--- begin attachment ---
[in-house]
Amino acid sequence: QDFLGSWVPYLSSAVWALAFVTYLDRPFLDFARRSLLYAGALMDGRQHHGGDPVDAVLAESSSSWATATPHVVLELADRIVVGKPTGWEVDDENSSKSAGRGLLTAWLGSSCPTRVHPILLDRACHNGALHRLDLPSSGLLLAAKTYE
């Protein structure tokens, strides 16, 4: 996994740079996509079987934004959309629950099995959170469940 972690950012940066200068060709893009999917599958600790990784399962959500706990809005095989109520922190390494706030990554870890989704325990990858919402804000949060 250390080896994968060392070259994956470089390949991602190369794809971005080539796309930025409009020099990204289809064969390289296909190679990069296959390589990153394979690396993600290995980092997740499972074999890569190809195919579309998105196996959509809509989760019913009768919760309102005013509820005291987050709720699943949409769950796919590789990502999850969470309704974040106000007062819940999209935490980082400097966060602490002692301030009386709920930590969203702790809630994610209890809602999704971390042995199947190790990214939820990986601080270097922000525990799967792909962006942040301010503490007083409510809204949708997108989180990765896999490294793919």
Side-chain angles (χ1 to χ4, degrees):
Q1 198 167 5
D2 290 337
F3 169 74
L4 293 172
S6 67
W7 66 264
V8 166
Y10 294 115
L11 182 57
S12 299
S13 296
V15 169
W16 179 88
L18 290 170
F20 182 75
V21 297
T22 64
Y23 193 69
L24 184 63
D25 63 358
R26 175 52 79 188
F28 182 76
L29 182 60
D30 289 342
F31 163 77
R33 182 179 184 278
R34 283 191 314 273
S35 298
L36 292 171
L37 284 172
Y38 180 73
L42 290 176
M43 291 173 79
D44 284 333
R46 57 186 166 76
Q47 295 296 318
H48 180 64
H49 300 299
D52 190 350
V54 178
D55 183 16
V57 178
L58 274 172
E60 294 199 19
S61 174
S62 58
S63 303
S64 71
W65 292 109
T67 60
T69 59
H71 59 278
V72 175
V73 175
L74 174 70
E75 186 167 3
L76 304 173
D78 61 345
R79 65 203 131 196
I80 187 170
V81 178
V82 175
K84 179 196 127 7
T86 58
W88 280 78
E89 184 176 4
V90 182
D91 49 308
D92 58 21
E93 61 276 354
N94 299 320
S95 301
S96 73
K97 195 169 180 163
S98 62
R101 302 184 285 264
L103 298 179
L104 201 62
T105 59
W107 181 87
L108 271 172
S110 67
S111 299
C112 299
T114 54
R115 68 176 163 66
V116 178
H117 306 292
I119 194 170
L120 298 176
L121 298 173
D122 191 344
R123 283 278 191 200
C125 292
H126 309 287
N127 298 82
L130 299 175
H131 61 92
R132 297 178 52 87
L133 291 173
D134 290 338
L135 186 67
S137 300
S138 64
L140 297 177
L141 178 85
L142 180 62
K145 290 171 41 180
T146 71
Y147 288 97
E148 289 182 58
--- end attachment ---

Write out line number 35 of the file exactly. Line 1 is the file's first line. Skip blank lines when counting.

Y38 180 73